Why, also, wouldn’t Sony have anticipated this kind of unpredictability from the leader of a reclusive state known to do just about anything to make a point?

Obama said American filmmakers shouldn’t be pushed around by nations angry over their work.

That’ a fair point.

But don’t filmmakers have a responsibility to exercise some judgment in choosing the topics — and individuals — they seek to portray?

They made a “comedy” about an attempt to kill a living, breathing leader of a nation that has acted rather dangerously before.

Therein lies Sony’s mistake.


What was Sony thinking?

Time allows one to think things through and to cogitate a bit on the consequences of one’s action.

Perhaps the makers of the film “The Interview” could have thought just a little bit longer about the product that was supposed to be shown to American theater crowds.

I’ve been pondering the blowback from the film, the threats of Internet hackers striking back at the producers of the film — and at the public at large. My conclusion? I believe Sony Pictures should have known with whom it was dealing when it made a “comedy” about an attempt to assassinate the leader of North Korea.

My sympathy for Sony, the actors involved and those who thought they would make a lot of money from the film is waning — rapidly.

The film stars Seth Rogen and James Franco. It’s supposedly a comedy. The main characters are plotting to kill Kim Jong Un.

Let’s be real. The entire world knows about Kim Jong Un’s weirdness. The world knows he runs a country that gives hyper-secrecy a bad name. I mean, this place is reclusive beyond description. Kim’s antics — just as those of his late father, Kim Jong Il — are, to say the least, highly unpredictable.

Why couldn’t the makers of the film fictionalized the story? Why single out the leader of a nation — and a dangerous one at that — for this kind of “comic parody”? What would the reaction be in any country on Earth if someone made a film purporting to assassinate its leader?

My conclusion is that Sony should have expected a highly negative reaction from a country that hardly anyone knows with any certainty.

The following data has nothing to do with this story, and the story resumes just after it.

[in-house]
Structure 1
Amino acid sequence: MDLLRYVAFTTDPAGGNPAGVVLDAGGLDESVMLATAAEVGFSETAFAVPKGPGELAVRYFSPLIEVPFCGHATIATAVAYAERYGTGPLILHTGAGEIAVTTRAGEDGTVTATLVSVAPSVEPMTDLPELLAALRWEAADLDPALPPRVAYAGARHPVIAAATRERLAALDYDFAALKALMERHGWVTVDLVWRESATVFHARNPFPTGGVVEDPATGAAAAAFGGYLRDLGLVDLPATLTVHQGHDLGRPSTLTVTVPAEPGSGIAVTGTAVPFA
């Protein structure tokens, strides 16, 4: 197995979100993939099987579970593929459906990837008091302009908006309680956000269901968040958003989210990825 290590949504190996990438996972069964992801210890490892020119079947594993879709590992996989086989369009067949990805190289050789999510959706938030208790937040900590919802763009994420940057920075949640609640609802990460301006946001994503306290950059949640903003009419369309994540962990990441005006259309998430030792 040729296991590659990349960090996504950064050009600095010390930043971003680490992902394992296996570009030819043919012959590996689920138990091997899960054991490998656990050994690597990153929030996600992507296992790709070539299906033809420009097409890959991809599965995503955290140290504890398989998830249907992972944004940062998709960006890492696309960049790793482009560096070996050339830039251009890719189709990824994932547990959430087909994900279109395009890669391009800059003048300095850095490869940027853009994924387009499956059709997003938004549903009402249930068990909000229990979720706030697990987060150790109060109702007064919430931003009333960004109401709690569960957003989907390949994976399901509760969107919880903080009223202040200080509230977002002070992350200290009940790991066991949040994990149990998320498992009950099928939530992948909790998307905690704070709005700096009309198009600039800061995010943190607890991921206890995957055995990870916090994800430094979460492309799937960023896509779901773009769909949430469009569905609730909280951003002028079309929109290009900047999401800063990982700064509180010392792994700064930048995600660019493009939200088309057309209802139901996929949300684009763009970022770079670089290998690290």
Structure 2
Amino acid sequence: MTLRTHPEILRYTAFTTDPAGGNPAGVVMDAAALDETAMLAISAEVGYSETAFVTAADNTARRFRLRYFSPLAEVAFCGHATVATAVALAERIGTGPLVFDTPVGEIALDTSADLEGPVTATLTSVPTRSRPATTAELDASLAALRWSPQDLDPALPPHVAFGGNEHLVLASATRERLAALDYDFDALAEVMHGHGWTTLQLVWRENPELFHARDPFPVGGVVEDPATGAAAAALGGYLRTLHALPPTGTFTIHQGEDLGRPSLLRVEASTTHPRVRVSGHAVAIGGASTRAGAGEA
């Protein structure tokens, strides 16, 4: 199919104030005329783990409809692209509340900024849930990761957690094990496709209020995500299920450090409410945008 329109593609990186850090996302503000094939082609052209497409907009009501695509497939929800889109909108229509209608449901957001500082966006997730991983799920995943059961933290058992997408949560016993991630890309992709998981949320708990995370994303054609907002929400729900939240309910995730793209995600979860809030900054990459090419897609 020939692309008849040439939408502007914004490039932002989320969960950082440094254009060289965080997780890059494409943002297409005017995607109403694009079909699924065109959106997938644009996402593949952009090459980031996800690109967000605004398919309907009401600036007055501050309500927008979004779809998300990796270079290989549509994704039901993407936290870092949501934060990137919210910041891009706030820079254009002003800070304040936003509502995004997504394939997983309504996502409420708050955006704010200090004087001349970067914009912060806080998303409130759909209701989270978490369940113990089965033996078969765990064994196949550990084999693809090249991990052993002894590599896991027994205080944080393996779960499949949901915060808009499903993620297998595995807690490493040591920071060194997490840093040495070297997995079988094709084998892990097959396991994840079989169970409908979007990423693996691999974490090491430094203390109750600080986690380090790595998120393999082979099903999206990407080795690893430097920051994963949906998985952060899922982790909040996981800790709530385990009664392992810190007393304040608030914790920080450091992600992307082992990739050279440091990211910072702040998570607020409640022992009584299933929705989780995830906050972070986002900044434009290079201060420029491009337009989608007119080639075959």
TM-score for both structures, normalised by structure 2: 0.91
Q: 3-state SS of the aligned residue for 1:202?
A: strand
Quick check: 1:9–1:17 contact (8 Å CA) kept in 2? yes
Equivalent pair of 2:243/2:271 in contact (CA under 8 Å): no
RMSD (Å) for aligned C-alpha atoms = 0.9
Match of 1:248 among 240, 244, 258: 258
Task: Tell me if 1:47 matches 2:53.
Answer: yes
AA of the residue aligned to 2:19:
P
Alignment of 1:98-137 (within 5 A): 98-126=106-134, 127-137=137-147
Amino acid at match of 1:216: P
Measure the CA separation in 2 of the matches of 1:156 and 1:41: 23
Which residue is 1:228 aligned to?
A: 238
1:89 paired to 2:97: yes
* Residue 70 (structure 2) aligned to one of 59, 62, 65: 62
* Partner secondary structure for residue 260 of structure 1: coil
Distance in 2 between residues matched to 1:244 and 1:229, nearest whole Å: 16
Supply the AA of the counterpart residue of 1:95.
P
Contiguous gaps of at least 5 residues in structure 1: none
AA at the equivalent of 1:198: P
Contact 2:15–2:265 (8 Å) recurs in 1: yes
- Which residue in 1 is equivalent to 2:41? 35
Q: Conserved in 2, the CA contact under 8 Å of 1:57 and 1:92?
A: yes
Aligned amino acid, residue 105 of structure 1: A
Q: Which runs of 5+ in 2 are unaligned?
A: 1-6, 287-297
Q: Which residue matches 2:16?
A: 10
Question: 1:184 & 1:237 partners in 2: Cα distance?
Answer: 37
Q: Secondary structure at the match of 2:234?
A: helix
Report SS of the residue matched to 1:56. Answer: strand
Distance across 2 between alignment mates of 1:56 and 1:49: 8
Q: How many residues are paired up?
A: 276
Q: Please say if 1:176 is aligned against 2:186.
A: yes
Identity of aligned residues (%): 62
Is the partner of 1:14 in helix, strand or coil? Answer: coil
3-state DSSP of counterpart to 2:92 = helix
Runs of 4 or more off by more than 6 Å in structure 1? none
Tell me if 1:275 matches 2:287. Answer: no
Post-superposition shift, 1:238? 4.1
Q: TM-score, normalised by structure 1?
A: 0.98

Terror threats in response to the film? Well, duh! Do you think?


Terrorism goes online

Twenty-first century terrorism has entered a new phase.

It’s highly offensive and utterly mind-blowing. It comes in the form of threats to hack into people’s emails if they dare attend a movie — a movie, for crying out loud! — that portrays the North Korean goofball/dictator in a decidedly unflattering light.

This is what terrorism looks like in the Digital Age.


The film in question is “The Interview.” It stars Seth Rogan and James Franco. Sony today cancelled the release of the film after major movie chains declined to show the film because of terrorist threats by computer hackers.

The film is about an attempted assassination of Kim Jong Un, the bizarre North Korean dictator who succeeded his equally bizarre father, Kim Jong Il. It’s a comedy. It’s meant to make people laugh. It’s meant to poke fun at the reclusive Marxist government that operates in the shadows on the Korean Peninsula.

So now some mysterious Internet terrorists are telling American movie-goers that they cannot watch the film. What do they fear? That someone is going to see the film and then become motivated to try to do what is portrayed on the screen? That the movie is going to produce an assassin bent on killing Kim Jong Un?

Sony already has been hit by hackers reportedly angry over the film.

All of this has me absolutely bumfuzzled.